Google+ Facebook Twitter Twitter

On the night shift

Senior Lecturer Sheri Scott with practical advice for employers and employees on how to best manage mental and physical health while undertaking shift work.

In the April issue of the Biomedical Scientist, I took a look at the potential health effects of night shifts and the disruption of our circadian rhythms. In this article I explore preventative measures that employer and employee can take to mitigate those risks. By following the recommendations of the Health and Safety Executive (HSE) in combination with findings of the recent literature on shift-work risk we can adopt a mix of existing best practices, common-sense lifestyle changes and practical measures from the employer to the working environment, the serious health risks of shift work can be significantly reduced.

Helping ourselves: travel

In total, 20% of accidents are caused by fatigue. Driving can be risky after a long shift, a night shift or before an early start. The HSE provides several strategies to help make driving safer (see below).

Food and drink

It comes as little surprise that consuming stimulants, such as caffeine and nicotine, before going to sleep is not recommended. Caffeine is a drug that acts as both a mental and physical stimulant. We should try to avoid consumption of caffeine for at least four hours prior to going to bed.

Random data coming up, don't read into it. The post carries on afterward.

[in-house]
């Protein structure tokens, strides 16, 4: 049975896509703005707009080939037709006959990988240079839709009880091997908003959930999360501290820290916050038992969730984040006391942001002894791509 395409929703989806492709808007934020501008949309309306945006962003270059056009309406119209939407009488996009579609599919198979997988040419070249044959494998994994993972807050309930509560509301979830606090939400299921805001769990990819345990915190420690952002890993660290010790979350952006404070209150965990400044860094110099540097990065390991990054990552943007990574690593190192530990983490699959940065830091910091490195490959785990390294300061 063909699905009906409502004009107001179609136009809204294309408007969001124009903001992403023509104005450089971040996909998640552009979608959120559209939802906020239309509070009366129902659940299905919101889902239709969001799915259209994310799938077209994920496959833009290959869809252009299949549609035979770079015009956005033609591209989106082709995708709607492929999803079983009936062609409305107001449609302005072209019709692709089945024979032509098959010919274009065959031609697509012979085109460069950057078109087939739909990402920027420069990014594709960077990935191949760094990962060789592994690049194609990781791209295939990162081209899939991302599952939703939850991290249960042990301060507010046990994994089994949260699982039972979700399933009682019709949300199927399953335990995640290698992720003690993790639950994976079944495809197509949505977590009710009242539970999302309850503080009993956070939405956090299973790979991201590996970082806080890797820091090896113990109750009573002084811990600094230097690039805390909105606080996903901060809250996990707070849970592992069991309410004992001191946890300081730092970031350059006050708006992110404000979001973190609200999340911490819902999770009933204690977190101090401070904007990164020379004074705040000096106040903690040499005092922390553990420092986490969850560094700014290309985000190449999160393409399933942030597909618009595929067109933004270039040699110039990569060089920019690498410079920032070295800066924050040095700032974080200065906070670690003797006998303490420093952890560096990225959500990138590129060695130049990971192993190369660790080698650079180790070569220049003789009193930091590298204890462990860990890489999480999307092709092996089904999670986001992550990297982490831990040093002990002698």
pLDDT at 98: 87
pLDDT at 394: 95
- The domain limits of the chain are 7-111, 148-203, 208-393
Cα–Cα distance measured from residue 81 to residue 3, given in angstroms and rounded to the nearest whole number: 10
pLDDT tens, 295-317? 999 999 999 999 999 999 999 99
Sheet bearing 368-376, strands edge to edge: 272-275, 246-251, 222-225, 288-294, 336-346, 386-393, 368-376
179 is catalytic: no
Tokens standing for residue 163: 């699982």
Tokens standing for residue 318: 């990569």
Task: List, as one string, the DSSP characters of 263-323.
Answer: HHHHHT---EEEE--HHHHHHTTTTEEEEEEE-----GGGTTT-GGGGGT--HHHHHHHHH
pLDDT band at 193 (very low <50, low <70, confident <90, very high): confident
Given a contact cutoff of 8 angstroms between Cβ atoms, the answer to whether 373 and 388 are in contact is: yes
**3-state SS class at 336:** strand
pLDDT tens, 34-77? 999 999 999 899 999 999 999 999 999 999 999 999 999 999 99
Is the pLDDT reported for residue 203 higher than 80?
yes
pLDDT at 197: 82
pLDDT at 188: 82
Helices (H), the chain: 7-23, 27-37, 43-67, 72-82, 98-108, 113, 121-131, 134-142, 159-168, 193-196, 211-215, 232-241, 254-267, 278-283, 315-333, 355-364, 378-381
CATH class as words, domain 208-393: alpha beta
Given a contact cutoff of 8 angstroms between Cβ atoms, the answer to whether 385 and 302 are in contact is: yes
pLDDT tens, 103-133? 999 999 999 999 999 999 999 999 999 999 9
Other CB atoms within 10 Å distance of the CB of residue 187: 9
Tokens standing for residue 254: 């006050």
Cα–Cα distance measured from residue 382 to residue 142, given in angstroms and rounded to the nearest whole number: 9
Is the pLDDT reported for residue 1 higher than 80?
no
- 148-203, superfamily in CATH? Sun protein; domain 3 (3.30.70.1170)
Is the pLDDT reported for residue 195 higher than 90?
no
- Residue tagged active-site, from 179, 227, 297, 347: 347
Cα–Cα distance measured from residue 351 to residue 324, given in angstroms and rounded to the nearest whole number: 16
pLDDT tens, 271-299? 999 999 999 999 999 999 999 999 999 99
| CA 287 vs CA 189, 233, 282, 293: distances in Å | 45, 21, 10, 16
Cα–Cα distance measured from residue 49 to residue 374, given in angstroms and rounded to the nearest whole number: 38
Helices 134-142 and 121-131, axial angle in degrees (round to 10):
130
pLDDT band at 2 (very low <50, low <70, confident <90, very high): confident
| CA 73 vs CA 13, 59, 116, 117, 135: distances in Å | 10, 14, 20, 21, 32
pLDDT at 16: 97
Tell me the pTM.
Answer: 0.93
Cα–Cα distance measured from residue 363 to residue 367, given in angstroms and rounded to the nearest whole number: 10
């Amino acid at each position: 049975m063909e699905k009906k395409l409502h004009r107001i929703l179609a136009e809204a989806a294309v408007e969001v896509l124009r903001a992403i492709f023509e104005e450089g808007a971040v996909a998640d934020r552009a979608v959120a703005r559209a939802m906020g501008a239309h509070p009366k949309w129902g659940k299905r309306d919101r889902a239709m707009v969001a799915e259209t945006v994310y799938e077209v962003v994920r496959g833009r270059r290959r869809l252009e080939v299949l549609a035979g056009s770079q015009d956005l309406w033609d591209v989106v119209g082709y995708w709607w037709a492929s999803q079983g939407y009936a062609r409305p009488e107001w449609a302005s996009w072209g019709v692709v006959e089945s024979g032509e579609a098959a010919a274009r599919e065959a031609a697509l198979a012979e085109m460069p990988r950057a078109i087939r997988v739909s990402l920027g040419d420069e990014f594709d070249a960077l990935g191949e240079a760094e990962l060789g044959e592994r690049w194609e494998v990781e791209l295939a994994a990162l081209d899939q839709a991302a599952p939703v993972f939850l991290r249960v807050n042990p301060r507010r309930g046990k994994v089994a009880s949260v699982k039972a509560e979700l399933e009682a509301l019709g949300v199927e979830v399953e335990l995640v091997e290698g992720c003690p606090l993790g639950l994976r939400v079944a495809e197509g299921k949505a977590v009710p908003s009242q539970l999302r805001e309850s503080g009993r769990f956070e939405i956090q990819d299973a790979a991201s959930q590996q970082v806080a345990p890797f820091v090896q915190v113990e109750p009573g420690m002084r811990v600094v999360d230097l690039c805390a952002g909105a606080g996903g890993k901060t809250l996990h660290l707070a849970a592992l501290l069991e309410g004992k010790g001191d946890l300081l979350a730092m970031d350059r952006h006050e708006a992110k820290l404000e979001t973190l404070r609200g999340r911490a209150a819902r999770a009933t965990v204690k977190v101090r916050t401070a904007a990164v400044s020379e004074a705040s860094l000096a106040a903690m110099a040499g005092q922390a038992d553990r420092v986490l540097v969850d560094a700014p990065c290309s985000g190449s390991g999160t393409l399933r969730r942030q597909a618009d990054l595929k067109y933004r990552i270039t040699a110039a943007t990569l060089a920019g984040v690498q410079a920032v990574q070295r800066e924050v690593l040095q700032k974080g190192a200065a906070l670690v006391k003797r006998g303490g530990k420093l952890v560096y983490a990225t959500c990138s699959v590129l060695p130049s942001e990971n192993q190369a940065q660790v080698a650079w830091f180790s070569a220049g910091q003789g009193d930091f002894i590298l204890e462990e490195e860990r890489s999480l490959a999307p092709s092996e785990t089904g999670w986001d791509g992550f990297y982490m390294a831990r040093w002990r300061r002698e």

The HSE also recommend that we restrict our energy intake between midnight and 6am. We should try to eat at the beginning and end of the shift and, although a small bedtime snack is fine, it is recommended that you should allow two to three hours between the last main meal of the day and heading off to bed. You should avoid sugary foods as these provide a short-term energy boost followed by a dip in energy levels. Alcohol should be avoided for at least four hours before going to bed, as this will also disrupt your sleep during the day.

It is recommended that employees stick as closely as possible to a normal day and night pattern of food intake, with the dividing of daily food into three main meals, with each contributing about a third to the overall intake.